The majority of The Last of Us: Part II takes place in Seattle, which has been reclaimed by nature. What was once a bustling city of concrete and glass has since become overgrown and precarious. Buildings are crumbling, but a lot of the damage has come from underground, as water has broken roads and created streams, rapids and waterfalls in the process. It’s a beautiful but dangerous sight, not to mention dangerous.
For the next twenty-five hours, you’ll live with these characters and experience a story that will take a toll not just on them, but you as well. To say that this game is heavy would be to undersell it. It is, in fact, the most brutal and human thing I’ve ever played. Sure, lots of other games have been gory and violent, but none have been as realistic, brutal or unforgiving as this one. Of course realism is a big part of this as well, because we’re talking about a game that is so very visually impressive that it’s almost photo-realistic. Furthermore, it’s both impressive and jarring how this story can go from human and sweet to downright brutal within a minute. All of the above is a credit to the developers who have delivered something unprecedented.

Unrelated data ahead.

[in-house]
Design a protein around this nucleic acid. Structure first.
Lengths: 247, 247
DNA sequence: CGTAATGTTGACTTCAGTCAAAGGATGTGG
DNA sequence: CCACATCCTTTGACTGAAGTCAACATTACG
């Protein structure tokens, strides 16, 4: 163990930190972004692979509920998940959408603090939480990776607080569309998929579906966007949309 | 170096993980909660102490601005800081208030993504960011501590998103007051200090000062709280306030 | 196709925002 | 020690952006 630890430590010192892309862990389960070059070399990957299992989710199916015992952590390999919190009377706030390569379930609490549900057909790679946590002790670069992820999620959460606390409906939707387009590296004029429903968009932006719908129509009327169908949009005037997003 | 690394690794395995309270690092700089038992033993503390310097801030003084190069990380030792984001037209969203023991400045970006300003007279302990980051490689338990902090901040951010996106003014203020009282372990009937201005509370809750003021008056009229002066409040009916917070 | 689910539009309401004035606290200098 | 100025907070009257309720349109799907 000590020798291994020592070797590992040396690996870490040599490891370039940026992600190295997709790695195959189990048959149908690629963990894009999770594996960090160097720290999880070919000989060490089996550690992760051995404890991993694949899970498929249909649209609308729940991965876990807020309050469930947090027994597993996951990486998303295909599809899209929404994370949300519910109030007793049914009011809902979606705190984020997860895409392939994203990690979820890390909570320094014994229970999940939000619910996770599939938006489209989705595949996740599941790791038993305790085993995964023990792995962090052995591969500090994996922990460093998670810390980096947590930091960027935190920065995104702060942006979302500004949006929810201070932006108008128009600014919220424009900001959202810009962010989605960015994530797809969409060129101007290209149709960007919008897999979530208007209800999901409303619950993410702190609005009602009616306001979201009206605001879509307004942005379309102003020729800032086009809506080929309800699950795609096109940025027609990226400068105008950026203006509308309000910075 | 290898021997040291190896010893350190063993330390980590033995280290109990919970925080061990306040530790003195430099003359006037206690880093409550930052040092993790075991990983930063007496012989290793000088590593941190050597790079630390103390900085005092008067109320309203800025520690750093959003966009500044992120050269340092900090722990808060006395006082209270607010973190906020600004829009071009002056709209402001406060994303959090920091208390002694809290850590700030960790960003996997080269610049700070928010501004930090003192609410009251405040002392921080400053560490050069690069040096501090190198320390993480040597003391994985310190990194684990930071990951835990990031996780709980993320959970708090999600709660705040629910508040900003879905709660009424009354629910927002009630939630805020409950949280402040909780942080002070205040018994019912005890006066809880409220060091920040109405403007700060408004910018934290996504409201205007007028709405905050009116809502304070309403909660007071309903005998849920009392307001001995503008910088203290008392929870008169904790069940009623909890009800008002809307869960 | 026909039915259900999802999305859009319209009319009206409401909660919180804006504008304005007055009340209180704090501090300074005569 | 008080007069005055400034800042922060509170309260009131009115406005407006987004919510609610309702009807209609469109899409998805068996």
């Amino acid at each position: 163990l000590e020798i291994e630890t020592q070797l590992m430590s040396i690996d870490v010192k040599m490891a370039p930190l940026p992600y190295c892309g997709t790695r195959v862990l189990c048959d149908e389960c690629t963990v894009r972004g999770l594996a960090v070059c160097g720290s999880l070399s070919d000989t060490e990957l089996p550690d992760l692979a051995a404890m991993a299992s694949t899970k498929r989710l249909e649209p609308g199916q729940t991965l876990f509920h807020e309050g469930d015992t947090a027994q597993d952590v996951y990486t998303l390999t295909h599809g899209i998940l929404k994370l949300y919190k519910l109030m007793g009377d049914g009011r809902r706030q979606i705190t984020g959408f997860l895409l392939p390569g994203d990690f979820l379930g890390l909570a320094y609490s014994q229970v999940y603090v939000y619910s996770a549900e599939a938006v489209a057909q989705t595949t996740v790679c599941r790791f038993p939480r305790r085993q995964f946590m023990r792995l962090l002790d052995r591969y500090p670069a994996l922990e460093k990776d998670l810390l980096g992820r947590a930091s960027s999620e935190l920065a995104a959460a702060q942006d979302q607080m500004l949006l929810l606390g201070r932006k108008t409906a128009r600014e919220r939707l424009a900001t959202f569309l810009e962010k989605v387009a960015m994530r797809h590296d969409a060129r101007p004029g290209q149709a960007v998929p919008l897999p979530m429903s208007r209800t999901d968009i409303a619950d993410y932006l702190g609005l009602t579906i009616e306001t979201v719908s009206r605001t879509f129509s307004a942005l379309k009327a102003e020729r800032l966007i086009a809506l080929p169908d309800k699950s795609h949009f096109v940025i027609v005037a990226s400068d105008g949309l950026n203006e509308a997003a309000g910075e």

Those who are familiar with the original game will have a good idea of what to expect from this sequel. That said, it turns things up to eleven. While the gameplay remains very similar, new mechanics, added realism and increased immersion qualities keep it fresh. So, too, does the semi-open world of Seattle, which allows for a decent amount of exploration. That said, this environment is contained and — while it feels big — is not as big as something found in a sandbox game. There’s a good amount to search through and find, but you can’t travel wherever you’d like on a whim. Many of the Seattle based chapters take the characters to new areas and locations, but there’s also some backtracking. Some buildings are open, some stores can be looted, and some locations have a lot to offer. Many are inaccessible, or limited in what they allow you to explore.